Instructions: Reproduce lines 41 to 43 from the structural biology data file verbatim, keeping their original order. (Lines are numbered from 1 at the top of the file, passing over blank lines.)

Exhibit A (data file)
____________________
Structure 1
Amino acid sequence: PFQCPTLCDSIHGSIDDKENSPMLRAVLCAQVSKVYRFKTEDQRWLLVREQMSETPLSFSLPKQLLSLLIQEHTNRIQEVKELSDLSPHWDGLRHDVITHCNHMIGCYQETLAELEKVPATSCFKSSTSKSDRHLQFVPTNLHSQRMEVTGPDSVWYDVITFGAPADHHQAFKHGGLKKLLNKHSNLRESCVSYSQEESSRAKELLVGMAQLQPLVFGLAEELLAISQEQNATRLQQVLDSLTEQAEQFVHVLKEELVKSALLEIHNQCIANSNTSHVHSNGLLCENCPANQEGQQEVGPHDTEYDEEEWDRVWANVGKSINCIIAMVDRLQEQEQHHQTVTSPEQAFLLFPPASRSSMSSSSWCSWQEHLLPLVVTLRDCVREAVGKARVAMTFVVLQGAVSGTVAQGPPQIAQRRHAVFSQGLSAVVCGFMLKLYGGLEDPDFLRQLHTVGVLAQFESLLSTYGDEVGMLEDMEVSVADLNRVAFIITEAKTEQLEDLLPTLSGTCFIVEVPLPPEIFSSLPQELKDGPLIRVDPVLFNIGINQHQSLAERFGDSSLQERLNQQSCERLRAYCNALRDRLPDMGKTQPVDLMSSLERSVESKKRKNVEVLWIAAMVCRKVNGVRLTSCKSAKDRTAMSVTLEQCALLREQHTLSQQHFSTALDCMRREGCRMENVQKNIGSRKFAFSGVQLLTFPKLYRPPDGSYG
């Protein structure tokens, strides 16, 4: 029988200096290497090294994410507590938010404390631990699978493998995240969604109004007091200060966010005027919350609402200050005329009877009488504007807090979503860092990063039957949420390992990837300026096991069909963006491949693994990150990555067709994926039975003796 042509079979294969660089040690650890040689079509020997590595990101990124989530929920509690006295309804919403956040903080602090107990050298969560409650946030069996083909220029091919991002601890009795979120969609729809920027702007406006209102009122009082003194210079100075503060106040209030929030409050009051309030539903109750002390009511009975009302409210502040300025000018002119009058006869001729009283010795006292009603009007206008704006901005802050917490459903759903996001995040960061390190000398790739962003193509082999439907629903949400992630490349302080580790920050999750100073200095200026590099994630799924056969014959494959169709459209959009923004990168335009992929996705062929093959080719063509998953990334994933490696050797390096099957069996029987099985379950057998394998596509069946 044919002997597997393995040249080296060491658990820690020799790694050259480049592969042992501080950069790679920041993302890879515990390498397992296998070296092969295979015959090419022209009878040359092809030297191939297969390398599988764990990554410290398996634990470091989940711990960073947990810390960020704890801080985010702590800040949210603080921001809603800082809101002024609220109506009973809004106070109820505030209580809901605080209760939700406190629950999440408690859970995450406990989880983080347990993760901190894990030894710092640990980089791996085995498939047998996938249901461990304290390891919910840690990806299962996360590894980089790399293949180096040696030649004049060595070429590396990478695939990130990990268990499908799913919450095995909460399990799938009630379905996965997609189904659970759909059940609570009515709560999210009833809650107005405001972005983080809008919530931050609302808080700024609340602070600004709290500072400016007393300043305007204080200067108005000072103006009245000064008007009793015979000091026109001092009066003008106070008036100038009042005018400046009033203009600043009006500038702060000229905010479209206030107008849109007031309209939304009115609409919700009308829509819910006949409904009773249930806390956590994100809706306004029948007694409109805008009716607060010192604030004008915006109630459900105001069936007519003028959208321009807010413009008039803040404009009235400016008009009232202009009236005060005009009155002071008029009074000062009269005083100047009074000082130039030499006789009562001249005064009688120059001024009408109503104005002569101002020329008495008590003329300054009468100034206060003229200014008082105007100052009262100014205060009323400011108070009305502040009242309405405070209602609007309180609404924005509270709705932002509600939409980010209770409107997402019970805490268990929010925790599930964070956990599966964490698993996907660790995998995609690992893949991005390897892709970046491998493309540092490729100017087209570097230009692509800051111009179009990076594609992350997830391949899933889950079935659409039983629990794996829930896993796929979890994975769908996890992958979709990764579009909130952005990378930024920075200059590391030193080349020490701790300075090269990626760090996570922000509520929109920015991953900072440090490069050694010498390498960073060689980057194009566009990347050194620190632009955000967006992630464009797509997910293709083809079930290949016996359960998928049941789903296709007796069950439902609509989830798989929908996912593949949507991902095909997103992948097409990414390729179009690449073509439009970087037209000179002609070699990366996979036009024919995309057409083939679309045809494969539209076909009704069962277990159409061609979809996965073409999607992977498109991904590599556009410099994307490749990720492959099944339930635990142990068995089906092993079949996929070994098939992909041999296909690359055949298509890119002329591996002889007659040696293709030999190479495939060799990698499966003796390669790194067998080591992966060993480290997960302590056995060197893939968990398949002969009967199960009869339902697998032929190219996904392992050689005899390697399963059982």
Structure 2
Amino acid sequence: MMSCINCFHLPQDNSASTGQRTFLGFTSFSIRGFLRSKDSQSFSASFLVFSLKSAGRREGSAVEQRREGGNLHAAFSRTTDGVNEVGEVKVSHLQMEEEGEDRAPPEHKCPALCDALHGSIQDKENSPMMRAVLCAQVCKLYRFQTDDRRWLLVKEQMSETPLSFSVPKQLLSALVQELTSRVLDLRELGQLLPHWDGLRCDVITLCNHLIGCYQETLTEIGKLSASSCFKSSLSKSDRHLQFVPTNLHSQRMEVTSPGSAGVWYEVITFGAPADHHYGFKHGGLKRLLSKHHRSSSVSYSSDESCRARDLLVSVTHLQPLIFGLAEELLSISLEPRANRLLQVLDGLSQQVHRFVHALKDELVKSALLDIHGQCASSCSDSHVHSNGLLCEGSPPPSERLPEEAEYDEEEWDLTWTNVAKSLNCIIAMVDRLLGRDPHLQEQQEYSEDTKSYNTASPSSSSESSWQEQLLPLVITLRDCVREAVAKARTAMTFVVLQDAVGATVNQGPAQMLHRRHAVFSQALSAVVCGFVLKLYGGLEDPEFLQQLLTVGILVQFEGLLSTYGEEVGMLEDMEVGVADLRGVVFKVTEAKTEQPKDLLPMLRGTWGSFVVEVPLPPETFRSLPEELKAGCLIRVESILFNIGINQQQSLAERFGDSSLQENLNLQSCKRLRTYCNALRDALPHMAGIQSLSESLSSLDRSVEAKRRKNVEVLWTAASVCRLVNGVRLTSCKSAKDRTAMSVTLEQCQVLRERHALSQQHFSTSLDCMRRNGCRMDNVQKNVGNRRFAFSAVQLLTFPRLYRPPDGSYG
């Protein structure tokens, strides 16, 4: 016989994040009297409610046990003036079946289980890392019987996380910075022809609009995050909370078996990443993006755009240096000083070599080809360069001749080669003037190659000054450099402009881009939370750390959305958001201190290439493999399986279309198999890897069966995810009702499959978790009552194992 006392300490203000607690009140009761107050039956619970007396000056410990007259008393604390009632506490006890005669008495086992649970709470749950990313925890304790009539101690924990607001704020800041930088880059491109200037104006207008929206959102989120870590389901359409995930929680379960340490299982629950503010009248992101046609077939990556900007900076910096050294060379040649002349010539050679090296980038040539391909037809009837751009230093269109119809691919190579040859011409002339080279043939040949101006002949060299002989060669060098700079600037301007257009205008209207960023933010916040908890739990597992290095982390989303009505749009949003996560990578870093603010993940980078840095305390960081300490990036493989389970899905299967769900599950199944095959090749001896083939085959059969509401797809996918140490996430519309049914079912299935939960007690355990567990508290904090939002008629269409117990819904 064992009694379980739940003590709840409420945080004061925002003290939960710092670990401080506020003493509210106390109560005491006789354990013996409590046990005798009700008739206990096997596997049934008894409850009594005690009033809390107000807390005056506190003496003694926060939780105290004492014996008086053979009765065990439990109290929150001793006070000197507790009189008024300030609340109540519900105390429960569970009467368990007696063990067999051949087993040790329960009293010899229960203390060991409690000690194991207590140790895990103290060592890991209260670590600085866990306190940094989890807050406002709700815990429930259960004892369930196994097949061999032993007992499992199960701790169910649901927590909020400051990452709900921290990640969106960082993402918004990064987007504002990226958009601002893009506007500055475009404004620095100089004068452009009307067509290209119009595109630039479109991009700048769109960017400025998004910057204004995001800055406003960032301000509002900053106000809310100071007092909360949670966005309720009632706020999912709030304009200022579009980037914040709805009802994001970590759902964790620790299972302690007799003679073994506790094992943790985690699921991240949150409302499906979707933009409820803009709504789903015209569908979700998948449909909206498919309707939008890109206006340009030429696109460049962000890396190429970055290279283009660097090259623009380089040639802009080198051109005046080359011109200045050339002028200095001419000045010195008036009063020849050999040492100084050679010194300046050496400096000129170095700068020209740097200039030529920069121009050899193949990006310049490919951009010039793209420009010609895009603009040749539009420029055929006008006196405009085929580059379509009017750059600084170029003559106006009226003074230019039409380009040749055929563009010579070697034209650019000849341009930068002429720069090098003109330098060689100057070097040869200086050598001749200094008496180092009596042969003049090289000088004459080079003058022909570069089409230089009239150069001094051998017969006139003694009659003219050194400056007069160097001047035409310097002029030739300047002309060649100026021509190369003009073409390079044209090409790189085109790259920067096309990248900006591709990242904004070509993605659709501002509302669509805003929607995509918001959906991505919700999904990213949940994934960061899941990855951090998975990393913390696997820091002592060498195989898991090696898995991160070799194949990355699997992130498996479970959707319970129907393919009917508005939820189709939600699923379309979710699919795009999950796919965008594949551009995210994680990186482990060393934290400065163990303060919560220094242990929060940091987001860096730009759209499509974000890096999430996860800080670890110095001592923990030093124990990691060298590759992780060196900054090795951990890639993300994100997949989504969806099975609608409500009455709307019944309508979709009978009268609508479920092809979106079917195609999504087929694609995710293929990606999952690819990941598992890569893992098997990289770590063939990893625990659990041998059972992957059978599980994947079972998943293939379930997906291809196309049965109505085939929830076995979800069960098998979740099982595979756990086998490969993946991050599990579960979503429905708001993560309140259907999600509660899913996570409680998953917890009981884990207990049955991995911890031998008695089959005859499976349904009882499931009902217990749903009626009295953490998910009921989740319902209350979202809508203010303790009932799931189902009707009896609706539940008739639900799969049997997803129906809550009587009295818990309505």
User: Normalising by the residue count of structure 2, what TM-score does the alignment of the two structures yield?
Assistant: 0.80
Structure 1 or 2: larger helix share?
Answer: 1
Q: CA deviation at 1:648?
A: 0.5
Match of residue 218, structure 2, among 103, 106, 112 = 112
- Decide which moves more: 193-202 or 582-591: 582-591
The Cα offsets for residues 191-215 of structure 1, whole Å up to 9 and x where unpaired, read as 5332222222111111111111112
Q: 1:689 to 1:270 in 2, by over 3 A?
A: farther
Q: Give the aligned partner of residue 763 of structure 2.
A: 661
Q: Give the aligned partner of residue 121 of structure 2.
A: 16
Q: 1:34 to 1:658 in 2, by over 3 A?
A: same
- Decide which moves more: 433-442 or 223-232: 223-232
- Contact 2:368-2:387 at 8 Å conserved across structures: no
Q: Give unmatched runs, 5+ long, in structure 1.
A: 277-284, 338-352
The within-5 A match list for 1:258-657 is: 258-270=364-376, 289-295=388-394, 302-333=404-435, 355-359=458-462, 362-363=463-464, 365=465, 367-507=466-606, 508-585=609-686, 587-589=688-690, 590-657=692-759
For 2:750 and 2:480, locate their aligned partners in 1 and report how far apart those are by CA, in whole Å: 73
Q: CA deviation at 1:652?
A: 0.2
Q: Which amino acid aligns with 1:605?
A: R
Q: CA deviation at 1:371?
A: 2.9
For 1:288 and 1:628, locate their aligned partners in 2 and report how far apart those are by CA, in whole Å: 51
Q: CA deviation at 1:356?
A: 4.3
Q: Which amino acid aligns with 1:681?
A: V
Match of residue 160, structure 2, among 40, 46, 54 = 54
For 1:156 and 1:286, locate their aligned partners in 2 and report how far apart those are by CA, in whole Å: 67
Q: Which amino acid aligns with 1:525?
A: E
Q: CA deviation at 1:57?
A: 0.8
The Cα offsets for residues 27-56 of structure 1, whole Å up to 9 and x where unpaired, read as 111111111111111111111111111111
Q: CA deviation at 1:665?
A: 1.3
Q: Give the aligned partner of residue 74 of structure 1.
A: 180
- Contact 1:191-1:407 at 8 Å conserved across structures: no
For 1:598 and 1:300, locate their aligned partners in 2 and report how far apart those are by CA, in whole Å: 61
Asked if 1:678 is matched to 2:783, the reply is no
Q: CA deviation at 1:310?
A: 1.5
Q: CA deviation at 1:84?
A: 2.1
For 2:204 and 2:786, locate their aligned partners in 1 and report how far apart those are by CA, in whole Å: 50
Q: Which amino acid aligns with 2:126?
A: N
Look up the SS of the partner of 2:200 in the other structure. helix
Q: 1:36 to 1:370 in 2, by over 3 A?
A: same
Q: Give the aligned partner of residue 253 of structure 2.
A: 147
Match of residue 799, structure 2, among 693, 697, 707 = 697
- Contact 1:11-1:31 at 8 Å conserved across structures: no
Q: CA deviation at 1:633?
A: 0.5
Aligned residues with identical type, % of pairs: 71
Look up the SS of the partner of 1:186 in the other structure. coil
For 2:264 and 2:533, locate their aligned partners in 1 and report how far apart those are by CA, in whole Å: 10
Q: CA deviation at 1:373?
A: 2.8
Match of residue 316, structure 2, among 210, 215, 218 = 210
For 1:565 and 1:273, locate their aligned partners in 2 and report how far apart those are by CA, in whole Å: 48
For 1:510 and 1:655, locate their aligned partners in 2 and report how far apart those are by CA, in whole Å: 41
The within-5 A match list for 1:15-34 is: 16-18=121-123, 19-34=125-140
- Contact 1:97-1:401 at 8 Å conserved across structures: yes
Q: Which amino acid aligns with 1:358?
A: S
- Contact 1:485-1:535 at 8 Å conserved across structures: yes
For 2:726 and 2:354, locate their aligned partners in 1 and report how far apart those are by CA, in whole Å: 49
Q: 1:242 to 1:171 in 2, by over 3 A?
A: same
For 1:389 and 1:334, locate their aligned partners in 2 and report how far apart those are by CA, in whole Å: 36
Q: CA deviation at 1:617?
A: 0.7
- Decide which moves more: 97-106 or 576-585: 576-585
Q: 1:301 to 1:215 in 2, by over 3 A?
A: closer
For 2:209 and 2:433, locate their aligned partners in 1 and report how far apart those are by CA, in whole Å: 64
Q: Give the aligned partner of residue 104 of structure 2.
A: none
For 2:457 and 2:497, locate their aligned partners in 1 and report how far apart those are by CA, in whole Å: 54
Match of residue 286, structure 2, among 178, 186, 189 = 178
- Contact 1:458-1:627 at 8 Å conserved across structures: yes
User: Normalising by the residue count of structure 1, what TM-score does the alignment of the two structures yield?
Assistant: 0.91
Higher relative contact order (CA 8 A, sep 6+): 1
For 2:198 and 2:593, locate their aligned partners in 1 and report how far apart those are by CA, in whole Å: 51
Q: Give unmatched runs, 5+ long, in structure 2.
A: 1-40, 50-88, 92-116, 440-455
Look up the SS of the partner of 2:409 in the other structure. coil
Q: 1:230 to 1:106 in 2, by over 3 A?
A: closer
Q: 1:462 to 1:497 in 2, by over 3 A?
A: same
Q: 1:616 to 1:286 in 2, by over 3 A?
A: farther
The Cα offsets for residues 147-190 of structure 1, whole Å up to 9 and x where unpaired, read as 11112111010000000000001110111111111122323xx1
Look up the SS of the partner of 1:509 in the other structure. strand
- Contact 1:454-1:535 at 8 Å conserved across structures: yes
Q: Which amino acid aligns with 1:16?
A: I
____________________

Match of residue 160, structure 2, among 40, 46, 54 = 54
For 1:156 and 1:286, locate their aligned partners in 2 and report how far apart those are by CA, in whole Å: 67
Q: Which amino acid aligns with 1:525?